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Don't despair. Use the following eight tips to save money while you spoil your pet.

1. Buy in bulk

Bulk pet food at store
Tyler Olson/Shutterstock
Bulk pet food at store

Save money by bulk-buying items with a long shelf life or that won't expire. These items include puppy pee training pads, bully sticks, poop bags, cat litter, cat toys, canned food, dry food, and bedding for fish and small animals.

Certain dry foods can last quite a long time and might even be okay to freeze. When you're buying food in bulk, make sure to check with the store or the manufacturer to see how long the dry food is safe and whether it can be frozen.

If you're already signed up for a warehouse club for humans like Sam's Club or Costco, then you're already set to take advantage of bulk pricing for certain pet supplies.  

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2. Repurpose

Border collie playing with a tennis ball
There are many expensive pets toys marketed and sold every year, but money spent on these items is mostly wasted

You'll find many expensive pet toys on the market, but money spent on these items is mostly wasted. Old, worn-out items can be reused as toys that will amuse pets for long periods.

An old sock dangled tantalizingly in front of your feline might provide hours of entertainment. Worn-out tennis balls are as good for playing fetch with your dog as any store-bought ball. Play tug-of-war with your dog using old t-shirts knotted together.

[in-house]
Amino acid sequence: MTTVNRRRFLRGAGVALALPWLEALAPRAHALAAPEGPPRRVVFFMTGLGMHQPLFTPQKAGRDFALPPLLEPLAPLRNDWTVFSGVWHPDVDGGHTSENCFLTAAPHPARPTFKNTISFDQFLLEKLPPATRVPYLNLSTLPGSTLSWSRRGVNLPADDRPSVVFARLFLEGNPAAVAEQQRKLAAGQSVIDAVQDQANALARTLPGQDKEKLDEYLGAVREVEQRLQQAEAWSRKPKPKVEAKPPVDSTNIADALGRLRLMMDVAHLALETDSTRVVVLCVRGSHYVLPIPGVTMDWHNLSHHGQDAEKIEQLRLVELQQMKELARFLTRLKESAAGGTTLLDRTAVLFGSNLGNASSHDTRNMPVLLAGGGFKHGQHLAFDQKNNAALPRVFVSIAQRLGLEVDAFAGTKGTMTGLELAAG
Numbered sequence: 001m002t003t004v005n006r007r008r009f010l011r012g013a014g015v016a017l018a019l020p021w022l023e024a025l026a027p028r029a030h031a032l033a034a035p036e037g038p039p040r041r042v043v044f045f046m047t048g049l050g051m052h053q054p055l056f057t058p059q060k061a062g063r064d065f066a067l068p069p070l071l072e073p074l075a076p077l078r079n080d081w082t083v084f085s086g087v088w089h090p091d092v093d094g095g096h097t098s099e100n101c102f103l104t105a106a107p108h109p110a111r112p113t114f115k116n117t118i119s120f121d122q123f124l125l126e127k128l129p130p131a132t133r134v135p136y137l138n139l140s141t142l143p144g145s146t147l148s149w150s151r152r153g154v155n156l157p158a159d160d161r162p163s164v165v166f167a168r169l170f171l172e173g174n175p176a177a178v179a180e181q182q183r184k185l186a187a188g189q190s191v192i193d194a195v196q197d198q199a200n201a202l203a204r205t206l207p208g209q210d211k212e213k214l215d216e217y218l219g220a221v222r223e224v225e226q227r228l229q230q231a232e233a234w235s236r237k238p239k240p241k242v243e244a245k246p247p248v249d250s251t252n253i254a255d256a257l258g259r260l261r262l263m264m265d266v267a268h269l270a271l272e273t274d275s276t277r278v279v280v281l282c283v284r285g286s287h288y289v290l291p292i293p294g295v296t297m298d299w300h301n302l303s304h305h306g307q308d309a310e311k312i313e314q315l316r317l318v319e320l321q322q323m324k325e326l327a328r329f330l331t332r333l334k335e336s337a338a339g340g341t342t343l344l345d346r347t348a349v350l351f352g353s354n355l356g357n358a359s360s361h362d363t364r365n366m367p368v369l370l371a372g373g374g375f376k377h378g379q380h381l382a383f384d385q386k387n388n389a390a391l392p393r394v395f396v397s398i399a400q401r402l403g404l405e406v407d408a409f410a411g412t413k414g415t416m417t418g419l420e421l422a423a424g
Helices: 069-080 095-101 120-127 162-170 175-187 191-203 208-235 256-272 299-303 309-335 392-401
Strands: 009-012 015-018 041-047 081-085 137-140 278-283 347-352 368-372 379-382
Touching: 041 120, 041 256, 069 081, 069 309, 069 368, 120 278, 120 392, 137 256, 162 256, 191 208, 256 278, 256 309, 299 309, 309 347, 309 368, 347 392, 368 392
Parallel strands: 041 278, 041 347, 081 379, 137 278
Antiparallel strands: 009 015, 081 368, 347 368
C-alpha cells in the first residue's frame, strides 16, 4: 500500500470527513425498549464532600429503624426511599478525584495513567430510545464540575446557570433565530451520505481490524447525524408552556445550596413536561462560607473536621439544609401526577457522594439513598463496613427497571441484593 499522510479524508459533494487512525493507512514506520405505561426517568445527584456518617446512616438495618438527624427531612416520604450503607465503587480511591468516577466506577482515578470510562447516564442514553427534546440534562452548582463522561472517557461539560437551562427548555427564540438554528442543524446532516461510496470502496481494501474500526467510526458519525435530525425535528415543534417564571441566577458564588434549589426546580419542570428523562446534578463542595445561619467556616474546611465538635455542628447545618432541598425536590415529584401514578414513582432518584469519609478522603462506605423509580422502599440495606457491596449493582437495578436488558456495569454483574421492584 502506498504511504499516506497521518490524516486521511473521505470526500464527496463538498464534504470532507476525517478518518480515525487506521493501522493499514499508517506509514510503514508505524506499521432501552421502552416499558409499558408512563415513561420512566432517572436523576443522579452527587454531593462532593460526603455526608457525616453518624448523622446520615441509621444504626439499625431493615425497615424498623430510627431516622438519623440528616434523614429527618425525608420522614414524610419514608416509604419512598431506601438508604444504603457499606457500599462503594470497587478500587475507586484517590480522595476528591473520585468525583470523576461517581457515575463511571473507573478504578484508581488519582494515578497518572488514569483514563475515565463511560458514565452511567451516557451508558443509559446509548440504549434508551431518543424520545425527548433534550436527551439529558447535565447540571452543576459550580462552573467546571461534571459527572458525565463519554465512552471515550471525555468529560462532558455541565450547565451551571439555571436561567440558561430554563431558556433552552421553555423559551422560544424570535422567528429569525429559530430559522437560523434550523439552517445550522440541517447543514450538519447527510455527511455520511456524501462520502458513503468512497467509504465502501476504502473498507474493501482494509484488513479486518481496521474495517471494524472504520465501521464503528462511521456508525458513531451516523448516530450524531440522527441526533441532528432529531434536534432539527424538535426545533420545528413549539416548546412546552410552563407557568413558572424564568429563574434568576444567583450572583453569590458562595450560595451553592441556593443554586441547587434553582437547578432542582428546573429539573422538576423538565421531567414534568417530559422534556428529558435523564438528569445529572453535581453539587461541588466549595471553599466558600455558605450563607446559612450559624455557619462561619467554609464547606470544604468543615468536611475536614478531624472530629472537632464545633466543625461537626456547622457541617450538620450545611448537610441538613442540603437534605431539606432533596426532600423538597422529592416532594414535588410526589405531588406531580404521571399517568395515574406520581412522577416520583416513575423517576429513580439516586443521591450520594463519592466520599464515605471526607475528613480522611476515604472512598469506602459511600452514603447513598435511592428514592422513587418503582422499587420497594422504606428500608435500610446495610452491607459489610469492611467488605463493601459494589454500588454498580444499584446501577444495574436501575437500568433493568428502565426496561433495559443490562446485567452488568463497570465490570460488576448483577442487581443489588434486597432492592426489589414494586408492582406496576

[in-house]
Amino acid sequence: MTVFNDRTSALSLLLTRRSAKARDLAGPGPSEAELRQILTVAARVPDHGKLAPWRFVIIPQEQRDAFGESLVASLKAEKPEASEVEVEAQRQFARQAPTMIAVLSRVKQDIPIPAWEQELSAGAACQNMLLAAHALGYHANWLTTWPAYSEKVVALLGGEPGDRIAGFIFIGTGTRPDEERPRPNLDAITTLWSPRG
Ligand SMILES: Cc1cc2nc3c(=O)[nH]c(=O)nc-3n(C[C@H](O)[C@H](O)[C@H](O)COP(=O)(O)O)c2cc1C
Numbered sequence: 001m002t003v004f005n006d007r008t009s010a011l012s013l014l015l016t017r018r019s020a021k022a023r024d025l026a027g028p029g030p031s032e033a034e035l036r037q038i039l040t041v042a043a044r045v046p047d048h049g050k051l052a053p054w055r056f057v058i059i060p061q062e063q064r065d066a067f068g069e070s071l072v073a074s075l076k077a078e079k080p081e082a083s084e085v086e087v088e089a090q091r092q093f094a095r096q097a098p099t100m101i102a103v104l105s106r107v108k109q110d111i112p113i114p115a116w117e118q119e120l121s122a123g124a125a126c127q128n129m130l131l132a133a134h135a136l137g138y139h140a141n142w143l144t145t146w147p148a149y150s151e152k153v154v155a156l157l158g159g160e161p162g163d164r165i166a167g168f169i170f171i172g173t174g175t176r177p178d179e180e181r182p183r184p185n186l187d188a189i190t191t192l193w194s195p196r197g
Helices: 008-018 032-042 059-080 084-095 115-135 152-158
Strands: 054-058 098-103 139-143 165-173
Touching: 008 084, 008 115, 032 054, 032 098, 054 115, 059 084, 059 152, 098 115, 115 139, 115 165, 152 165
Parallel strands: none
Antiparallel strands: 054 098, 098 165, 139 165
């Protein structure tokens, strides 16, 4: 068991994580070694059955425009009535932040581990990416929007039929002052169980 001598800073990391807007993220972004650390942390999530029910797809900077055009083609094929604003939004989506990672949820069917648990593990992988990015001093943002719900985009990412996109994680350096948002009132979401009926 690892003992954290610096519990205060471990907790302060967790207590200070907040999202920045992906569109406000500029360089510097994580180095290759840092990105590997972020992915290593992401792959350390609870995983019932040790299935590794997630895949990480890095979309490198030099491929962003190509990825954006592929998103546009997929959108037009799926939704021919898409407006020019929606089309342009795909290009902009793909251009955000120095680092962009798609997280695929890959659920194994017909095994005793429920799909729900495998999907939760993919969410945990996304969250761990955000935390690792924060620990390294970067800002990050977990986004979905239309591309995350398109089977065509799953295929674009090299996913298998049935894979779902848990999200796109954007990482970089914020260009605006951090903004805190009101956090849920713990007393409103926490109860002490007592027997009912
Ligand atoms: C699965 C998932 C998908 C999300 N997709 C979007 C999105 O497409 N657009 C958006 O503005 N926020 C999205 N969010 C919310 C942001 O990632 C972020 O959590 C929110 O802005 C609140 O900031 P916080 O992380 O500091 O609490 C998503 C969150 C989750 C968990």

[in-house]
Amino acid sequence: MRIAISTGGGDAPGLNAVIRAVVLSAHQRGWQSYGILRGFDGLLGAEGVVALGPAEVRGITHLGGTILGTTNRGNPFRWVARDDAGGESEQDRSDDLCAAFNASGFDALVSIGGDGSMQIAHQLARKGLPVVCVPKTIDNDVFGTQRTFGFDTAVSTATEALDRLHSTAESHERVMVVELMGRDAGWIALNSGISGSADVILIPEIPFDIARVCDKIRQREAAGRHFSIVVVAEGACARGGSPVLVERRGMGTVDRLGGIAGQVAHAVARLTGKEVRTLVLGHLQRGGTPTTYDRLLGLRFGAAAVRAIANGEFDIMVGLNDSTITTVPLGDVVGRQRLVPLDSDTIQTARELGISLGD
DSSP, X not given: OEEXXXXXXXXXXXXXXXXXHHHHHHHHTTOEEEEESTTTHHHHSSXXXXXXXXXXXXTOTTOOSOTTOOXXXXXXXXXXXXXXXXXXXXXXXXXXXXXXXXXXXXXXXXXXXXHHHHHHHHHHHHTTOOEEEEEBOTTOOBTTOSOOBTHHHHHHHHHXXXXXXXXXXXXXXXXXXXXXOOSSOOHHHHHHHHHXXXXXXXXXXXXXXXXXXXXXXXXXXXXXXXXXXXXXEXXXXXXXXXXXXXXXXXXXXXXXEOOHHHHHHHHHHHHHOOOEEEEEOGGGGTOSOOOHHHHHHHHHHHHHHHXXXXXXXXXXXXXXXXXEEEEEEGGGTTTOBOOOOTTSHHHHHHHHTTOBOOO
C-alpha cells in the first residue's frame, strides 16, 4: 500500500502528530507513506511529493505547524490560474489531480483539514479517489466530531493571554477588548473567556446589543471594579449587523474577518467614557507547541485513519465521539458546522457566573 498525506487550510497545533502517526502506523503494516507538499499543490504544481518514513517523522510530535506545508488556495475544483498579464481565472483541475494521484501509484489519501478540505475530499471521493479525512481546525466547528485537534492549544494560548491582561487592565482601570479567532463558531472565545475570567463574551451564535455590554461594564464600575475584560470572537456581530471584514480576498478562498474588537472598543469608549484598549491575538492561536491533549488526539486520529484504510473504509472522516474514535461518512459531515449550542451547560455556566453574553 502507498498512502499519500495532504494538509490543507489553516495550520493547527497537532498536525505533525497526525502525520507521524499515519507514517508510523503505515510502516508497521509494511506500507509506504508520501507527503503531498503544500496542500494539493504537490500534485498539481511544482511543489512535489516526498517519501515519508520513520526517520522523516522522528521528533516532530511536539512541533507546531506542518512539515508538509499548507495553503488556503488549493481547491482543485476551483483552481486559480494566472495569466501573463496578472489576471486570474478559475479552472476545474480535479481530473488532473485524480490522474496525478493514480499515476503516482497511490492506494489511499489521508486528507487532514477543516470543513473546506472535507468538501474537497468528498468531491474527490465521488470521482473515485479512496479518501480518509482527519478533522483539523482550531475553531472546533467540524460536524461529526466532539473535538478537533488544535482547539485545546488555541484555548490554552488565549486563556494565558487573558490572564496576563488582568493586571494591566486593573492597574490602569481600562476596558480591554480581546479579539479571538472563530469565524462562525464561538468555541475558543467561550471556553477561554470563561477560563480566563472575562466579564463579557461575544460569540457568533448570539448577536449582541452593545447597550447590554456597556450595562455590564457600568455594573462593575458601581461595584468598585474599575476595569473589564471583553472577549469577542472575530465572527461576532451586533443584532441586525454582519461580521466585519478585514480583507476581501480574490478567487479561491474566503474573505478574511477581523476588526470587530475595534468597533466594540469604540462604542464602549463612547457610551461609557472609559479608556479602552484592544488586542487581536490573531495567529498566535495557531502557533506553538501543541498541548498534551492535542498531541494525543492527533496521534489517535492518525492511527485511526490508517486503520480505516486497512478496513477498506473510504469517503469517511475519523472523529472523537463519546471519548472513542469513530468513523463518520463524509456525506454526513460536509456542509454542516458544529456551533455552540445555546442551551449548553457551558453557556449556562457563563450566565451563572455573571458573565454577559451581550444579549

Cost means nothing to your pet — so don't waste money on needlessly expensive toys.  

3. Feed your pet leftovers

Pug eating food at table being fed by boy owner
Africa Studio/Shutterstock
If you still have food left after eating, give it to your pet instead of throwing it away

This suggestion might be a bit controversial, so let's start out by setting some ground rules: Don't feed your pet cooked bones, garlic, or onion; too much fat, salt, and spices; or raw vegetable peels, grapes, and apple cores.

Many human foods can be eaten safely by pets. Small nibblers are very happy to eat raw veggies and some fruits. And keep in mind that before the big business of pet food was invented, pets ate our leftovers, and they lived long, healthy lives.

If you're unsure what human foods are safe for your pet, please ask your veterinarian! And, when feeding leftovers, go slow. Don't feed too many new things at once, because if something upsets your pet's stomach, you won't know what did it.  

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4. Leave pets with sitters when traveling

Woman smiling holding a cat
Bogdan Sonjachnyj/Shutterstock
Bringing your pet along with you on your vacation can be expensive, as can be putting your animal friend in a kennel while you are gone

Bringing your pet along with you on your vacation can be expensive, as can be putting your animal friend in a kennel while you are gone.

A better option is to let your pet stay with friends or family while you are traveling. Not only will this be cheaper, but your pet will probably be better cared for than at a kennel.

If the people looking after your animal have pets of their own, you can return the favor when they travel.

5. Prepare for and prevent medical problems